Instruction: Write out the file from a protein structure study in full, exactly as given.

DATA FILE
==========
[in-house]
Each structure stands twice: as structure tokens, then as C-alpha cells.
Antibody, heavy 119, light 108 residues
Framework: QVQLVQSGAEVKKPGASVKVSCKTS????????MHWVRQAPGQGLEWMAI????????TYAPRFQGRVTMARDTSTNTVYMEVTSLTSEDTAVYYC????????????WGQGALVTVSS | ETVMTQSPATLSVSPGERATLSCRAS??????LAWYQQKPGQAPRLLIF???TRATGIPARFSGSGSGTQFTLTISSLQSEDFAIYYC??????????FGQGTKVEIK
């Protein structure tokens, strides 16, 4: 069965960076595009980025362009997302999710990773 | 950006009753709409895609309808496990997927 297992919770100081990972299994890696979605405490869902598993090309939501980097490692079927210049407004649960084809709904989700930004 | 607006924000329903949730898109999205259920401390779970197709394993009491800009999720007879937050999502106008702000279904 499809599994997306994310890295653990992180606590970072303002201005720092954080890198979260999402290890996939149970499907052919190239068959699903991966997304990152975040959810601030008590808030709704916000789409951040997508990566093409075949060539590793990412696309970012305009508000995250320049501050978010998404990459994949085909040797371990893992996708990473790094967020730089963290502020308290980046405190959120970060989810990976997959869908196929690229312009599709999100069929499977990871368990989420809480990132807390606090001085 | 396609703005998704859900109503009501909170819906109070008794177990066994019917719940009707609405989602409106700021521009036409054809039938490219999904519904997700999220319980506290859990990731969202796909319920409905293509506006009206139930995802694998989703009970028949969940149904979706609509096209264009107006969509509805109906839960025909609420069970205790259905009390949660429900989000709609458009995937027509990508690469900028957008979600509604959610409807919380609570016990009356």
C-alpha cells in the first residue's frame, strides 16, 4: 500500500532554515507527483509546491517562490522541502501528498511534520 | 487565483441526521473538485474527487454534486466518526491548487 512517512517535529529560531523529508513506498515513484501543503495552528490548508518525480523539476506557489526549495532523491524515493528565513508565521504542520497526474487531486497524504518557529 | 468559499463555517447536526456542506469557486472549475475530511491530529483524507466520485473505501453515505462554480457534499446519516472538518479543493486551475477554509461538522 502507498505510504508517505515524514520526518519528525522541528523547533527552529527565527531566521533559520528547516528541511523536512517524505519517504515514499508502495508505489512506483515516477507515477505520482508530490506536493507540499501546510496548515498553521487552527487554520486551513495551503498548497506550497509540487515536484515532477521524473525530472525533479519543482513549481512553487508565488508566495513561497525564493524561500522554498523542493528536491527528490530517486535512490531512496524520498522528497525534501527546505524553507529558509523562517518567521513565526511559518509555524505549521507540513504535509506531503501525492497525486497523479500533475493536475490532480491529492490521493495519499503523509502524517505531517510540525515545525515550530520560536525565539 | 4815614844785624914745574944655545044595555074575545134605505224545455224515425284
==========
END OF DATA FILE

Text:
[in-house]
Each structure stands twice: as structure tokens, then as C-alpha cells.
Antibody, heavy 119, light 108 residues
Framework: QVQLVQSGAEVKKPGASVKVSCKTS????????MHWVRQAPGQGLEWMAI????????TYAPRFQGRVTMARDTSTNTVYMEVTSLTSEDTAVYYC????????????WGQGALVTVSS | ETVMTQSPATLSVSPGERATLSCRAS??????LAWYQQKPGQAPRLLIF???TRATGIPARFSGSGSGTQFTLTISSLQSEDFAIYYC??????????FGQGTKVEIK
């Protein structure tokens, strides 16, 4: 069965960076595009980025362009997302999710990773 | 950006009753709409895609309808496990997927 297992919770100081990972299994890696979605405490869902598993090309939501980097490692079927210049407004649960084809709904989700930004 | 607006924000329903949730898109999205259920401390779970197709394993009491800009999720007879937050999502106008702000279904 499809599994997306994310890295653990992180606590970072303002201005720092954080890198979260999402290890996939149970499907052919190239068959699903991966997304990152975040959810601030008590808030709704916000789409951040997508990566093409075949060539590793990412696309970012305009508000995250320049501050978010998404990459994949085909040797371990893992996708990473790094967020730089963290502020308290980046405190959120970060989810990976997959869908196929690229312009599709999100069929499977990871368990989420809480990132807390606090001085 | 396609703005998704859900109503009501909170819906109070008794177990066994019917719940009707609405989602409106700021521009036409054809039938490219999904519904997700999220319980506290859990990731969202796909319920409905293509506006009206139930995802694998989703009970028949969940149904979706609509096209264009107006969509509805109906839960025909609420069970205790259905009390949660429900989000709609458009995937027509990508690469900028957008979600509604959610409807919380609570016990009356």
C-alpha cells in the first residue's frame, strides 16, 4: 500500500532554515507527483509546491517562490522541502501528498511534520 | 487565483441526521473538485474527487454534486466518526491548487 512517512517535529529560531523529508513506498515513484501543503495552528490548508518525480523539476506557489526549495532523491524515493528565513508565521504542520497526474487531486497524504518557529 | 468559499463555517447536526456542506469557486472549475475530511491530529483524507466520485473505501453515505462554480457534499446519516472538518479543493486551475477554509461538522 502507498505510504508517505515524514520526518519528525522541528523547533527552529527565527531566521533559520528547516528541511523536512517524505519517504515514499508502495508505489512506483515516477507515477505520482508530490506536493507540499501546510496548515498553521487552527487554520486551513495551503498548497506550497509540487515536484515532477521524473525530472525533479519543482513549481512553487508565488508566495513561497525564493524561500522554498523542493528536491527528490530517486535512490531512496524520498522528497525534501527546505524553507529558509523562517518567521513565526511559518509555524505549521507540513504535509506531503501525492497525486497523479500533475493536475490532480491529492490521493495519499503523509502524517505531517510540525515545525515550530520560536525565539 | 4815614844785624914745574944655545044595555074575545134605505224545455224515425284